The next day, Jesus finds Philip, who finds Nathanael and says to him: “Come, we’ve found the one who Moses and the prophets spoke of – it is Jesus from Nazareth.” And later, by the Sea of Galilee, Jesus calls the fishermen Peter, Andrew, James and John saying to them: “Come! Follow me! I will make you fishers of men.” Jesus calls them to join his ministry.
Imagine the questions in the minds of these newly-found disciples of Jesus. Imagine their thoughts and reactions. Who is this Jesus? Where did he come from? What’s he doing? Where’s he going? He is the son of Joseph from Nazareth, but John the Baptist calls him the Son of God. He will give us the Holy Spirit, says John. What teaching is this? Is he truly the Messiah? The long Awaited One? When you’re in his company, you’re convinced that he is. He talks about the good news, the kingdom of God. The time is fulfilled, he says. What does he mean? What’s he talking about? Should we believe? Should we follow him? Where are we going? Where is he taking us?” The disciples didn’t know. They didn’t have all the answers.
These are the same questions we have today. Who is this Jesus? Who is he? What’s he talking about? What is his meaning? The Son of God? I don’t understand. When we encounter Jesus, it doesn’t matter who we are, or where we are, or what year it is, our questions are the same. We find ourselves thinking that we just don’t know. We just don’t know all the answers.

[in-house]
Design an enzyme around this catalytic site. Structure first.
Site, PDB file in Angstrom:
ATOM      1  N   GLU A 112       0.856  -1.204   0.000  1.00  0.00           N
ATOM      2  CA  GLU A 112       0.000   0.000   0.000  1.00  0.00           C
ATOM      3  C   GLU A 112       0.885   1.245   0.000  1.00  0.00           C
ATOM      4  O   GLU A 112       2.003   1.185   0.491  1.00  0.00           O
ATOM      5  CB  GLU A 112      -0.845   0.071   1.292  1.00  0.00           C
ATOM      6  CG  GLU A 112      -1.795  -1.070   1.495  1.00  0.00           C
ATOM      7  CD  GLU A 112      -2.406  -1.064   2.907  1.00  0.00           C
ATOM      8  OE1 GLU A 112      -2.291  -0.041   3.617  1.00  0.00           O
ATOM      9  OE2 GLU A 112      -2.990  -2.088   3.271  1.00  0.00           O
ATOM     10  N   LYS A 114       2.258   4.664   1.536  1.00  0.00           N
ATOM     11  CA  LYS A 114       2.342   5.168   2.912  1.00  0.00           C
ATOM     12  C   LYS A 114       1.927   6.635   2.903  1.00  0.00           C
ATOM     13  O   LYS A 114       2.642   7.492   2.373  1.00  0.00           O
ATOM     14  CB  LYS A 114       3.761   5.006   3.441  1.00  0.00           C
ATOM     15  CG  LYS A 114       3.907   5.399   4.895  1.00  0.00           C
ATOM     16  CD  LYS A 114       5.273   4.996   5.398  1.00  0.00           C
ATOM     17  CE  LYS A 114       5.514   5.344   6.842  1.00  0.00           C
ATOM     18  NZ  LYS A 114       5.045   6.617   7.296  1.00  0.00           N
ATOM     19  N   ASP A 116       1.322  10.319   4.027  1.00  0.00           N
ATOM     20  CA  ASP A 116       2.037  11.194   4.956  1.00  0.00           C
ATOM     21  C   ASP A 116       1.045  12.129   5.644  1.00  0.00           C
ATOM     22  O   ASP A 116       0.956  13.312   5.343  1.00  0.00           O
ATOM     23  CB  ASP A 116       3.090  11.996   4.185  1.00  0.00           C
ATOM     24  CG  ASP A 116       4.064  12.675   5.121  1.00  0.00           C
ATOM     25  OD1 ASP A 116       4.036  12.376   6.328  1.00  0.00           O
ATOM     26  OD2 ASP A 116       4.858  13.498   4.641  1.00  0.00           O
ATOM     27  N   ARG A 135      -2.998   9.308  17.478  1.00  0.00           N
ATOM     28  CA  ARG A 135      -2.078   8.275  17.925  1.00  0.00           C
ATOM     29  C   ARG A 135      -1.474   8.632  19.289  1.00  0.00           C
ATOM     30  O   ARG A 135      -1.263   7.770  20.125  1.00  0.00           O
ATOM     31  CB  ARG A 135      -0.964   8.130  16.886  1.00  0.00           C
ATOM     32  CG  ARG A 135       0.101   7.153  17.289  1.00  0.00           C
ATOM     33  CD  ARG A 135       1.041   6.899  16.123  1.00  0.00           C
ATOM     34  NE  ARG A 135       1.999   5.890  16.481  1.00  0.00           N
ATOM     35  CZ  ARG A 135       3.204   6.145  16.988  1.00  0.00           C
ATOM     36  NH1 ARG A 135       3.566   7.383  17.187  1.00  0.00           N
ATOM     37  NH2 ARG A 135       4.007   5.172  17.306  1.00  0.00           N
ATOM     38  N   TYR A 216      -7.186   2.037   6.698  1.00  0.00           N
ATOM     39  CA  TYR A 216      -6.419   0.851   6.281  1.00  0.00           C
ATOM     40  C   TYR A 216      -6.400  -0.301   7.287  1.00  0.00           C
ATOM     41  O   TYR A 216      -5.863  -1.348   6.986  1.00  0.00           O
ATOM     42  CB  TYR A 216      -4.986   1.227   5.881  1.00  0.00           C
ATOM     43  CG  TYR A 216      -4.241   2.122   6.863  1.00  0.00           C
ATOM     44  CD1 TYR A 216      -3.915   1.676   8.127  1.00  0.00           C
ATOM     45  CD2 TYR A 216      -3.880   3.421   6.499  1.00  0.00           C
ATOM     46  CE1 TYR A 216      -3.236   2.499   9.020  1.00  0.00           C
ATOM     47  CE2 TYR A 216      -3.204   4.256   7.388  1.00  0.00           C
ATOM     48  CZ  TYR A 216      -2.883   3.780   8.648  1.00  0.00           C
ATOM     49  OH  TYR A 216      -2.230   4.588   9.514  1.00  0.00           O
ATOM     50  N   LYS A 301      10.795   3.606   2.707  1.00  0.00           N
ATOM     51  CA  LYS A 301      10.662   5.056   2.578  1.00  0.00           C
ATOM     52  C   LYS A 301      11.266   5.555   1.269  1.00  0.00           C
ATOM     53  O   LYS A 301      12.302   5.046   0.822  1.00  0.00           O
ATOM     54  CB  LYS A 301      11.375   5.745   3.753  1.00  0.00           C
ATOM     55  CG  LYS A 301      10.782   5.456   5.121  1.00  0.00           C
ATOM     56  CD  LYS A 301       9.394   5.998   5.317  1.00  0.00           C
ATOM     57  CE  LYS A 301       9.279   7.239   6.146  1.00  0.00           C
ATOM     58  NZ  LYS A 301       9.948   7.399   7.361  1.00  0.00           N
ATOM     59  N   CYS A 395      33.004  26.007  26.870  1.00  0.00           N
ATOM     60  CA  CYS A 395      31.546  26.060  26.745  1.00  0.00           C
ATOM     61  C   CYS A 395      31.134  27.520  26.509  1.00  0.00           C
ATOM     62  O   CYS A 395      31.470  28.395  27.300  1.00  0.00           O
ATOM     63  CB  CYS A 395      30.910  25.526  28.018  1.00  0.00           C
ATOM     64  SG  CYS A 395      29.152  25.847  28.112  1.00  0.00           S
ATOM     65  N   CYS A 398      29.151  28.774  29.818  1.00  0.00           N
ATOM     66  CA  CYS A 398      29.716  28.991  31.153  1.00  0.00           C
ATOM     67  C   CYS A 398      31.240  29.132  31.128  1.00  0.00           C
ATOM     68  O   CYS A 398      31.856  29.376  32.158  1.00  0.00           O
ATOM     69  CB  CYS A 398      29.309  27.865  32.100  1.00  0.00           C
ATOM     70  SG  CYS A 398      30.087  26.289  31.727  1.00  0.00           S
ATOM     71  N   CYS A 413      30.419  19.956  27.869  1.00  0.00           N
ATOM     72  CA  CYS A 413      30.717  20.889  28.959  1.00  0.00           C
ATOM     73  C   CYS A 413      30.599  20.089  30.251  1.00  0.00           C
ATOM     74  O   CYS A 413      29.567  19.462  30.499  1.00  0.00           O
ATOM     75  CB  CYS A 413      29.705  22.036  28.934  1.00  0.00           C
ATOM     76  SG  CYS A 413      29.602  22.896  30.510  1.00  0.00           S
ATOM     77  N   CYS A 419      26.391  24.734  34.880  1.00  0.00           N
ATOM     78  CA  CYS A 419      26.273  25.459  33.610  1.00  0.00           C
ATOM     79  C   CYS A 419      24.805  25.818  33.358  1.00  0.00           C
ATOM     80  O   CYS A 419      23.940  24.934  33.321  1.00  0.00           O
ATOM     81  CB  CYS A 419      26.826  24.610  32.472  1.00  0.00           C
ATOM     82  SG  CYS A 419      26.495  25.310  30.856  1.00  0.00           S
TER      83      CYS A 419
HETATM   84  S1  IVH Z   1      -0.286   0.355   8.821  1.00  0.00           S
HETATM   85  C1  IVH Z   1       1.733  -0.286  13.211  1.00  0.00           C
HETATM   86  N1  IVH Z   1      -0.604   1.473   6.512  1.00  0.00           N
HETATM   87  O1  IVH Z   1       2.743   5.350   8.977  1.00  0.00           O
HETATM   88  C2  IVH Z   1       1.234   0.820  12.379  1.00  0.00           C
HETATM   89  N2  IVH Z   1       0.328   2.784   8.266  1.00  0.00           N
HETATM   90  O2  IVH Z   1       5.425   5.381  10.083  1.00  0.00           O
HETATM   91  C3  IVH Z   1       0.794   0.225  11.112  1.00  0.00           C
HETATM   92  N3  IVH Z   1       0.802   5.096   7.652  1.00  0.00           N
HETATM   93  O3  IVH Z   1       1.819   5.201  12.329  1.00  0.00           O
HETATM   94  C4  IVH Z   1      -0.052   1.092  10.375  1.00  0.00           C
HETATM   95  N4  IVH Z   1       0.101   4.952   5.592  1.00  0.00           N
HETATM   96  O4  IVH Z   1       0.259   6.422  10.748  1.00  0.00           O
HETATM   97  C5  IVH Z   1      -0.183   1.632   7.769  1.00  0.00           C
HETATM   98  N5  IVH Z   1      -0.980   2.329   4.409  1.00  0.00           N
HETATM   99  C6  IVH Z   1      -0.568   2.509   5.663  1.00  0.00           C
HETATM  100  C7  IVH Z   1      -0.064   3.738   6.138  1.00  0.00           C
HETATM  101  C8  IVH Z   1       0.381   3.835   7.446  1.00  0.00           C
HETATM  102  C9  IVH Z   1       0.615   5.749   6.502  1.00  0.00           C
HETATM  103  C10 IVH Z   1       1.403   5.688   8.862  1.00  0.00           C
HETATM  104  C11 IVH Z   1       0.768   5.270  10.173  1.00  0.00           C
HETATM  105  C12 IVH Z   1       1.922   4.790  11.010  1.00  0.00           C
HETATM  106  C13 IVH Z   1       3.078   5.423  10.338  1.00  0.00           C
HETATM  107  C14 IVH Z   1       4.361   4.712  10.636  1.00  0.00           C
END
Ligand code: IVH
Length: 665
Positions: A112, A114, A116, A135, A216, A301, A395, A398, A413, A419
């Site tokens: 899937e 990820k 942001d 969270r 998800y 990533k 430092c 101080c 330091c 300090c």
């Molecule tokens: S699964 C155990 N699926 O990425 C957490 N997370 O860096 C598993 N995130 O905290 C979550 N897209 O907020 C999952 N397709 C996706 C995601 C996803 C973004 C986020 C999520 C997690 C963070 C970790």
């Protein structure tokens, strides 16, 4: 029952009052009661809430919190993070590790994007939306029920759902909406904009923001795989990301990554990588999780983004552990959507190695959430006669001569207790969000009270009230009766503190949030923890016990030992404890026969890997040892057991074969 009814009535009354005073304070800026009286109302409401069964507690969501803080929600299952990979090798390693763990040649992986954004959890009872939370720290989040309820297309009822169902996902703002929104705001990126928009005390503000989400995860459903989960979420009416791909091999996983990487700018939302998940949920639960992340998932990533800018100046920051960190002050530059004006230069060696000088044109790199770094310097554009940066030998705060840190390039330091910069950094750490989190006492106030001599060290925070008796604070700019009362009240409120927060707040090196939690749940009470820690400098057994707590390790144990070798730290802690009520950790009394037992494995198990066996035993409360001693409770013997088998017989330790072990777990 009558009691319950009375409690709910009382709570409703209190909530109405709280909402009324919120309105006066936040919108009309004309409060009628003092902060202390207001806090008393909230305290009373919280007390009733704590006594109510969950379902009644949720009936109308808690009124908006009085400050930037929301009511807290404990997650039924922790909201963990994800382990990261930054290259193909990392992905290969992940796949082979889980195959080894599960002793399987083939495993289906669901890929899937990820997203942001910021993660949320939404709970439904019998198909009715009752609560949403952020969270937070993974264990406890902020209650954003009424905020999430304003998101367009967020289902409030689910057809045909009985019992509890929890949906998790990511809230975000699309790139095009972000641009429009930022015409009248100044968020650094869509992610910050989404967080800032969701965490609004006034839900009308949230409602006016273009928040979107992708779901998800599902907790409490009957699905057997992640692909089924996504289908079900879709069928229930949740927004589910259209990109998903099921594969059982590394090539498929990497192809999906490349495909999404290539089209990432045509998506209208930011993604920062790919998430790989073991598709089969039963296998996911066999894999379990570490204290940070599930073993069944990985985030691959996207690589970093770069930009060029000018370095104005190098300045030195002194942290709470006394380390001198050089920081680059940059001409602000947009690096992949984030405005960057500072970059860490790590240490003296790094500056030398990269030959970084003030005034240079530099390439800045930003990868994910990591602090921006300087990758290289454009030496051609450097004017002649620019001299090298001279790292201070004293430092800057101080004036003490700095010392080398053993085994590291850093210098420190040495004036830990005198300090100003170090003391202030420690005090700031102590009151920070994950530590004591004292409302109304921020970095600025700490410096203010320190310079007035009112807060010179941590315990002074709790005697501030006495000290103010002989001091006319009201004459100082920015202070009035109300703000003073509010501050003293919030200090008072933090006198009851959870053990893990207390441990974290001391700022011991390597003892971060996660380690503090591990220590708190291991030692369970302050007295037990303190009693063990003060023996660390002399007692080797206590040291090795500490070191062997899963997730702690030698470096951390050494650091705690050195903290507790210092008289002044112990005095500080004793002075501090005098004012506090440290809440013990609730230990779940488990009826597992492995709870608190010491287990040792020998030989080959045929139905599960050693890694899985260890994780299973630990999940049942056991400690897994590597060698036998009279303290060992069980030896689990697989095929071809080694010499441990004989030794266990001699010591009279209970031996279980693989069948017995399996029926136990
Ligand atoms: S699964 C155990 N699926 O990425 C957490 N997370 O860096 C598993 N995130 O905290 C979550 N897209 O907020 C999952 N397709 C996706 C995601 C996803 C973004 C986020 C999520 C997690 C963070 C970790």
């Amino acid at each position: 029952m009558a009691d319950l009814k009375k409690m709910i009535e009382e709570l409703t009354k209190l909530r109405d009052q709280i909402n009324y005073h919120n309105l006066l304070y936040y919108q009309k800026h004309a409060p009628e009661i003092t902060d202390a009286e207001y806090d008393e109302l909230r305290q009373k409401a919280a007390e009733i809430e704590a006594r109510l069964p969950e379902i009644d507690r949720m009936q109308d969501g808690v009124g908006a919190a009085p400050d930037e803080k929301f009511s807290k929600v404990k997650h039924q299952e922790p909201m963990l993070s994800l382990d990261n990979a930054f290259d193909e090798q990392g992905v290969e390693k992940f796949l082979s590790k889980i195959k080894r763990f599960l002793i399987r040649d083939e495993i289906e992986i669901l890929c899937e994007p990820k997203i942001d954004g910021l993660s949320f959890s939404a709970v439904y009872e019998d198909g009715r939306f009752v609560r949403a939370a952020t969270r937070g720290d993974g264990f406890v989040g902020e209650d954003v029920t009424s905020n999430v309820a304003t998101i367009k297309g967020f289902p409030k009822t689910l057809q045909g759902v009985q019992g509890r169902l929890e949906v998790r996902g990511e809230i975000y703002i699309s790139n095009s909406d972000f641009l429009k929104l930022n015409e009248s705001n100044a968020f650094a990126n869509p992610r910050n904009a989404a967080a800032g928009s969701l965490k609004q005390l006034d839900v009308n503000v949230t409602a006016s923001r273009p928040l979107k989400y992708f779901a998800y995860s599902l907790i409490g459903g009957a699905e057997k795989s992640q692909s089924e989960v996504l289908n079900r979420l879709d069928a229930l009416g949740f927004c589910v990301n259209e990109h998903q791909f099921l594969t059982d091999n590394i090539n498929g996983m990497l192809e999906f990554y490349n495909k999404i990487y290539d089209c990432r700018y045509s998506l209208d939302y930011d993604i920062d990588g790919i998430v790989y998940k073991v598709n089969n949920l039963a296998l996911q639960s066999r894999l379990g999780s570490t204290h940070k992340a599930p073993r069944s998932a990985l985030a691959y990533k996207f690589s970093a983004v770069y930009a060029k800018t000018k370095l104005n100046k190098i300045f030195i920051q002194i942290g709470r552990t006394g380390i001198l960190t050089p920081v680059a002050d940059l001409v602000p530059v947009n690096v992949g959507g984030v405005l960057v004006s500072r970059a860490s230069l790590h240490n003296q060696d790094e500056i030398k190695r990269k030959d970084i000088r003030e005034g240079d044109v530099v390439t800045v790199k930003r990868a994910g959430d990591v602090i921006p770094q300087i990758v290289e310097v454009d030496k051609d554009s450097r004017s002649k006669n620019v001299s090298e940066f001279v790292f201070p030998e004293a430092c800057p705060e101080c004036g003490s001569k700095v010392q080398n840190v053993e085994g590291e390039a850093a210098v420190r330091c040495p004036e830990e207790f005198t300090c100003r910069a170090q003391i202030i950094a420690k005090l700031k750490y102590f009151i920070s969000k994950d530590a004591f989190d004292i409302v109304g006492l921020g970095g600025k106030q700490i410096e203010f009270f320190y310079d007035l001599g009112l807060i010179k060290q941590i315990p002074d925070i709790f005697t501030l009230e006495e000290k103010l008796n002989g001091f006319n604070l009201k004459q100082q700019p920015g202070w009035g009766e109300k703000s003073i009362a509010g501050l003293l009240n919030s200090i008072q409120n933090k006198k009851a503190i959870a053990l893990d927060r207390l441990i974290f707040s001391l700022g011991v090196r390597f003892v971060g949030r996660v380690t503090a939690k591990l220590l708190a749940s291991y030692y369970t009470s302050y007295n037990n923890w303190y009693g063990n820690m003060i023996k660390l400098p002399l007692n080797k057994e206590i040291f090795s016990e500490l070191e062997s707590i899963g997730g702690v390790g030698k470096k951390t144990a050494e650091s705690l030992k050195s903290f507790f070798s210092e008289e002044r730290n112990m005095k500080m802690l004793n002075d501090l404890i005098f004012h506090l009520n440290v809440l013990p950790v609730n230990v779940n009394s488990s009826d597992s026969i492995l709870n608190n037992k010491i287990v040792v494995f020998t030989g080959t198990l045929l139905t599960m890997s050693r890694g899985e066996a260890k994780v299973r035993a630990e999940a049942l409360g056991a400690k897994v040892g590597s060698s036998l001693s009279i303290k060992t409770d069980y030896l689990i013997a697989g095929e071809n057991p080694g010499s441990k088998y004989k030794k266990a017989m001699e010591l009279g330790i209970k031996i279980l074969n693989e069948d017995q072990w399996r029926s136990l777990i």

But as the disciples followed Jesus and stayed in his company, many of the questions they had were answered. The longer they stayed in the presence of Jesus, the more they learned from him and about him. They got the bigger picture of who Jesus was, and why he came to earth. He is the Bread from heaven, he says? He came from heaven? He came to save us? To offer us a different way to God? Our religious laws won’t bring us closer to God, but His Spirit will, he says? This is a different way – a different freedom from our sins. We are to follow His Spirit, Jesus says. It is the divine Spirit of God. This Spirit loves us and forgives us. This Spirit will be with us always, Jesus says. This is the good news, the new kingdom of God! We must tell everyone about it!
Jesus chose 12 close disciples – Peter, Andrew, James, John, Philip, Bartholomew, Matthew, Thomas, Thaddaeus, Simon the Zealot, James son of Alphaeus, and Judas Iscariot. Why did Jesus choose them? What did he see? Something in each of them which would enhance his ministry. Jesus calls us today to be his disciples. What does he see in each one of us? I can tell you. Jesus sees our potential, just like he saw the potential in each disciple he chose long ago. Jesus honours ordinary people just like me and you to spread his word. Will we tell people the good news which Jesus brings? And like the disciples– the longer we stay in the company of Jesus, the longer we pray to him, and learn about him in our scriptures, the more we find out about him, the more real he becomes to us. “Come and see,” he says. Spend time with me. And then we get the bigger picture of who Jesus is, too. Honour that part of you which is part of the ministry of Jesus Christ. And don’t forget – we don’t have all the answers, either, just like the disciples long ago. It is a journey. We learn as we go. We’re just meant to follow. Love Jesus. Love God. And they will take care of the rest. Amen.